So, you either can’t handle that because it’s also coming at you so fast—I mean, this was not a big budget film—or you’ve just got to keep those blinders on and don’t get upset over all this other crap that’s happening. Because there’s a lot of stuff that I probably could have nitpicked. But I was just like, “Stay the course. Stay the course, understand your tone, and just keep at it.”

With only 21 days was there anything that you felt that you almost missed or that you had to change, because something happened in the production that you did not expect?

Yeah the [stuffed teddy] bear was kind of playing a bigger role, and then it kind of got lost with this group’s pursuit early on, and I was like, “Screw it. We need it, but it’s not like it’s going to play a main role.” It was something that was a little more impactful.

But no, we shot this in October, so this was like sprinting in a marathon, and in post, we didn’t have a lot of time either. These are not excuses; it’s just that it was go, go, go. And I am very proud of that film. But honestly, I kind of blacked out a lot of the production. I know that sounds weird, but it’s because it was very stressful the whole time. So, I can’t be like, “Oh, remember when we did this?” It’s like “yeah, kind of.” But I just had to be so focused on that day that that’s all I could think about. So now, if there’s stuff we didn’t shoot, nothing comes to mind. There’s certain angles we couldn’t get, like in the backyard, we had to shoot only in this one direction, because there’s a huge tent right behind the camera where all the actors had to stay—not live [Laughs].

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But I was telling people going in, I know the budget: I’m not going to be able to get people falling down stairs, I had to do everything old school, like Hitchcockian, but you know what? It turned out to be great. I loved being in the car when [one character runs over another].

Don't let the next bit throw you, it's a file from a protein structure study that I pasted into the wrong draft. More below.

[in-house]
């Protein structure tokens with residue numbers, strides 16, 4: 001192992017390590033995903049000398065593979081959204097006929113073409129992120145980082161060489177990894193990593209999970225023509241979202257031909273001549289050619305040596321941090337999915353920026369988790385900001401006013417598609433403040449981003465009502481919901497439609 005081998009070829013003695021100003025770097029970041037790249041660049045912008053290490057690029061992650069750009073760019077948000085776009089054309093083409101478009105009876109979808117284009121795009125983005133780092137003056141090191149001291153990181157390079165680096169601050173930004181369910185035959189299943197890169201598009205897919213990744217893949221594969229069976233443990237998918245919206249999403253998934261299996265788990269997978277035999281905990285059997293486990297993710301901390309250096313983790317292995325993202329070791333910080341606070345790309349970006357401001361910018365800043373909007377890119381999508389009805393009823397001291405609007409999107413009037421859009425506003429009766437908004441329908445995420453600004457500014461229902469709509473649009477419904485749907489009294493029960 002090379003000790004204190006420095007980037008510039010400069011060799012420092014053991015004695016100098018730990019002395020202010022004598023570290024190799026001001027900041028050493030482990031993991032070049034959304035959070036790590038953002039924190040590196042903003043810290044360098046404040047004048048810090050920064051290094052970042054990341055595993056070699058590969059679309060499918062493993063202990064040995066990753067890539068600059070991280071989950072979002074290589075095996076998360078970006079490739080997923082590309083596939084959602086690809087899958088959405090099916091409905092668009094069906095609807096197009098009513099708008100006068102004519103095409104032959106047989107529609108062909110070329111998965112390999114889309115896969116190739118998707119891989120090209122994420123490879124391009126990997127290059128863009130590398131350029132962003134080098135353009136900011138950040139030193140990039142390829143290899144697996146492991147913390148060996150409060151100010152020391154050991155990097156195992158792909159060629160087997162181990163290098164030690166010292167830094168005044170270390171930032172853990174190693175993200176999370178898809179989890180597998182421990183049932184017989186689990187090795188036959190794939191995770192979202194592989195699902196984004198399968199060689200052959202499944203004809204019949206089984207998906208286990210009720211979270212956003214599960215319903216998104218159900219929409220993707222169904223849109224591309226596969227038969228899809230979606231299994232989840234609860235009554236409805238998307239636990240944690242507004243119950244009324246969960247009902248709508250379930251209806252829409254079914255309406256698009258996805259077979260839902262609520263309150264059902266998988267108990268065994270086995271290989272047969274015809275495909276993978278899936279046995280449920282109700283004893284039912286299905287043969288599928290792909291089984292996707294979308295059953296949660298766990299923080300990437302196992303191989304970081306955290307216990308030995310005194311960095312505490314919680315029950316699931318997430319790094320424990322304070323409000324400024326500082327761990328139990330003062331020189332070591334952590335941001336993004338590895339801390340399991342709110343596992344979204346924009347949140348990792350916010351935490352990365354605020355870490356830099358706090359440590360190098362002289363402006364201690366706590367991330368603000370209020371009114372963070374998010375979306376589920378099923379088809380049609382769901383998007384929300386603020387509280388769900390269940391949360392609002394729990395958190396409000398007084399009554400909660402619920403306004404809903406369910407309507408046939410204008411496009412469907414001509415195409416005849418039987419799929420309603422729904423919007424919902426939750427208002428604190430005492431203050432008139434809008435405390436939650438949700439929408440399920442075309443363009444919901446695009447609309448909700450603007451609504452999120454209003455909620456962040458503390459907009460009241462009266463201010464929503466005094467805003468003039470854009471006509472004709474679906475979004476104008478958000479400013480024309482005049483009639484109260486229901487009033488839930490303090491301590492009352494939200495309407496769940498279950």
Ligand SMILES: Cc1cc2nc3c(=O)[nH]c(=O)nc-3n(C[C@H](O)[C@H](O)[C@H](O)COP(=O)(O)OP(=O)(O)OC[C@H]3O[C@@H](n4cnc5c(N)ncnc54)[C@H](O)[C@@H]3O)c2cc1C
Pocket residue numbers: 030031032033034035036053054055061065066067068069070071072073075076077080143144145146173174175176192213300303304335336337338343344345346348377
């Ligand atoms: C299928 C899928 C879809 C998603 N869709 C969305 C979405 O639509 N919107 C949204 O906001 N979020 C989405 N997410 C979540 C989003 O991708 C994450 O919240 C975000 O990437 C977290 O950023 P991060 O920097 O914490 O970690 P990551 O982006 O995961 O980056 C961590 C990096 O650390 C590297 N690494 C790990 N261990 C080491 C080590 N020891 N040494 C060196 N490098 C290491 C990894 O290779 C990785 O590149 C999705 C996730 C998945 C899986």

I know you said that you found the right child actors, which for a film like this is crucial. But did you have any pushback from parents or was there any concern about the material that they were handling?

The good thing about that is that it limited the pool massively. Anyone that I met with already knew it, so there wasn’t like a give-and-take. Like, “If we do this, then we have to change this in the script.” So it was all or nothing. We even lost two of the actors 72 hours before [production started]. So again, we went with more instinct. I mean, if you read anything about working with kids, you need long periods of time to really get them in the mood.

But I’m good with kids. I’ve directed them before, so with me, it’s just like, “Let’s hang out, man.” And that’s what’s up on the screen. “Hey, Michael’s there, and I know there’s a camera pointed at us, but he says it’s okay. We just do what we want.” Obviously, I’m guiding them, but they don’t know it. They were awesome.

Now that it has premiered, were you watching the audience’s reaction last night and were you surprised how they responded to certain scenes?

I was surprised when any noise was made, because I’ve seen it over a hundred times. So, I don’t have that same exact visceral response. And to then hear people, even moving in their seats, or somewhere laughing at [Thomas Bair] because he’s so cute jumping off the bed. All that stuff I still smile at. But to hear other people doing it? Yeah, it was pretty amazing.

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I thought it was somewhat interesting in a movie with all this child endangerment and some disturbing imagery that the thing I heard people respond to most viscerally to was a gerbil being placed in peril—and then during the credits that it lived.

[Laughs] It definitely did.

Do you know what you’re going to do for your second feature?

There’s three different options, there’s a dark sci-fi noir, and then maybe even a musical. It’s all over the place.

Emelie could return.

Yes. Or maybe a prequel, because I think a lot of people would like to see how she got where to where she is at.